T.S.Eliot at Little Gidding

Dining 'al fresco' in the beautiful grounds

Much of T.S.Eliot’s poetry remains a mystery to me. I can’t always plumb the depths of its meaning, but just occasionally it speaks to me, and gives me some memorable lines to ponder further. At the 6th Annual T.S.Eliot Festival at Little Gidding last weekend,

Simon Armitage

in the wake of splendid readings of the Waste Land and the Little Gidding Quartet (with Simon Armitage as one of the readers), I found re-visiting familiar verses in a ‘viva voce’ environment helped to tease out more of the subtleties of meaning. Whenever I complete a cycle-pilgrimage, I dig out my volume of Eliot to re-read those immortal lines at the end

Simon Kershaw addressing the audience

of the Little Gidding Quartet that remind me that “what we call the beginning is often the end……….and the end of all our exploring will be to arrive where we started, and know the place for the first time”.

However, a chance remark by one of the speakers had me leafing to the closing lines of the East Coker Quartet, where I found further subtly defined thoughts to justify my existence on this earth. I could have expressed these same thoughts in some distressingly

Hugh Black-Hawkins & Nicholas Sagovsky

muddled way, but not with the ease and directness of Eliot: “Home is where one starts from. As we grow older, the world becomes stranger…………………Old men ought to be explorers, here or there does not matter. We must be still and still moving into another intensity……….”

Outside the dull facade by the tombstone

Little Gidding was a place that Eliot only visited once, but it left such a deep impression on him that he was inspired to write lines such as:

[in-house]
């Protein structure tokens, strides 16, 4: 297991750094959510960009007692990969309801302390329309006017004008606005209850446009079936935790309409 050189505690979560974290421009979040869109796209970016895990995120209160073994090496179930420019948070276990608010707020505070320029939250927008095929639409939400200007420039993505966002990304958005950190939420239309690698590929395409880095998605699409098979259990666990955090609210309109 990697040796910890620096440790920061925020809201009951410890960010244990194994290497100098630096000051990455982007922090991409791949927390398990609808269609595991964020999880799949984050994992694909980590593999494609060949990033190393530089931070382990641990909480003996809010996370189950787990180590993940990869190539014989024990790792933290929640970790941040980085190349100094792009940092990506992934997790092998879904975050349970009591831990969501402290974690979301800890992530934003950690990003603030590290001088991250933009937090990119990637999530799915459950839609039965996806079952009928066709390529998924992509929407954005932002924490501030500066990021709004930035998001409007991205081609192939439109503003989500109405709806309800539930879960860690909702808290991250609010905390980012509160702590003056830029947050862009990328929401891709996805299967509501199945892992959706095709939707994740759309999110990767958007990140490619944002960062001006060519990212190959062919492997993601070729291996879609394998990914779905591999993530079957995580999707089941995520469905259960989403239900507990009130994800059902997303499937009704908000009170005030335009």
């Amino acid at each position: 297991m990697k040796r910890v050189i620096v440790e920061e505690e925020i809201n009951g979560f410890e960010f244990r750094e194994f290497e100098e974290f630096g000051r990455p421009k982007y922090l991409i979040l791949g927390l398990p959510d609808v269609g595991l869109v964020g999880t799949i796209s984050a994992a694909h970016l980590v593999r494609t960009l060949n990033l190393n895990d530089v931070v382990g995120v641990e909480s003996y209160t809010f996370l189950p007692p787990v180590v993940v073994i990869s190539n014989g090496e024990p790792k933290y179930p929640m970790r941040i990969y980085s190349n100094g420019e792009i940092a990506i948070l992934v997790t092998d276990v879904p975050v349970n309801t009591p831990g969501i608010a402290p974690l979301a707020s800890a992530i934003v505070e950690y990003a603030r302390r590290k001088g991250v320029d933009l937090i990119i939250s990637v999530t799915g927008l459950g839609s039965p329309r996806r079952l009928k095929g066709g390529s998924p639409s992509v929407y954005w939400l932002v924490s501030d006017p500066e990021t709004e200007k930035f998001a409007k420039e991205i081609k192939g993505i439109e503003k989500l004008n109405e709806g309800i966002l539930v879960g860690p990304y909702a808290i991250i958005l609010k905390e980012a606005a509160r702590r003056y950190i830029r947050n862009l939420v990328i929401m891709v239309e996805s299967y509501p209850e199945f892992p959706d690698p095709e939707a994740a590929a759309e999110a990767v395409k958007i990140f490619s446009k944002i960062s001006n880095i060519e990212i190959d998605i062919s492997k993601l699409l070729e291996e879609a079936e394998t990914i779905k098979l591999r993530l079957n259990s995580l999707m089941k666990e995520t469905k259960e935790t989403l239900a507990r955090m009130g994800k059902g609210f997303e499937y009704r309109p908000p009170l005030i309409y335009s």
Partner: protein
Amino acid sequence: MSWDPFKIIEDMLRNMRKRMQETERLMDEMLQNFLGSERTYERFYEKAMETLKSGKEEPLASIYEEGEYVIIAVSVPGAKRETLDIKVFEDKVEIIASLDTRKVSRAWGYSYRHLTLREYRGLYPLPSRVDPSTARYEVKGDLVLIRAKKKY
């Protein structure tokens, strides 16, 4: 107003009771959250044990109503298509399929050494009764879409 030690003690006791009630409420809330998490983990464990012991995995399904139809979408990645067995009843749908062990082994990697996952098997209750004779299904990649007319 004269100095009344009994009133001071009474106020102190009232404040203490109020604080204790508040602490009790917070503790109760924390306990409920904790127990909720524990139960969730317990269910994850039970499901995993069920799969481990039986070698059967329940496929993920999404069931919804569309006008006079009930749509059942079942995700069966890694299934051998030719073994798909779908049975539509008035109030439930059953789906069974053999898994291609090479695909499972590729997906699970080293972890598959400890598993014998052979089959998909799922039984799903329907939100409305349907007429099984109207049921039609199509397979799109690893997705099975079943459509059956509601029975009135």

“If you came this way, taking the route you would be likely to take, from the place you would be likely to come from………… you would find the hedges white again, in May, with voluptuary sweetness……………..there are other places which also are the world’s end……….but this is the nearest, in place and time, now and in England”.


About Frank Burns

Looking for the extraordinary in the commonplace………taking the road less travelled……..striving for the ‘faculty of making happy chance discoveries’ in unremarkable circumstances. Click on the Personal Link below to visit my webpages.

Posted on July 11, 2011, in Little Gidding and tagged , , , , . Bookmark the permalink. 4 Comments.

  1. I really like your photograph at the top with the subtle refelctions and hints of depth, just like Eliot’s wonderful Four Quartets. Is it possible to get a copy of the ohotograph please? rosemary pitt

    • Hi Rosemary,
      I think the photo you are referring to is my themed-header photo for my web-pages which, unfortunately, is generic and not of Lt Gidding. Sorry about that!

  2. I am at the end of a six chapter book called The Reluctant Immigrant and I keep thinking about ‘coming full circle’ – the name of the last chapter – and, of course, Little Gidding. But in reading some comments here I am tempted to retrace your steps before I commit because there may be some more suble thoughts in his other poems that make up the Four Quartets. I like your thoughts. Thanks Patricia.

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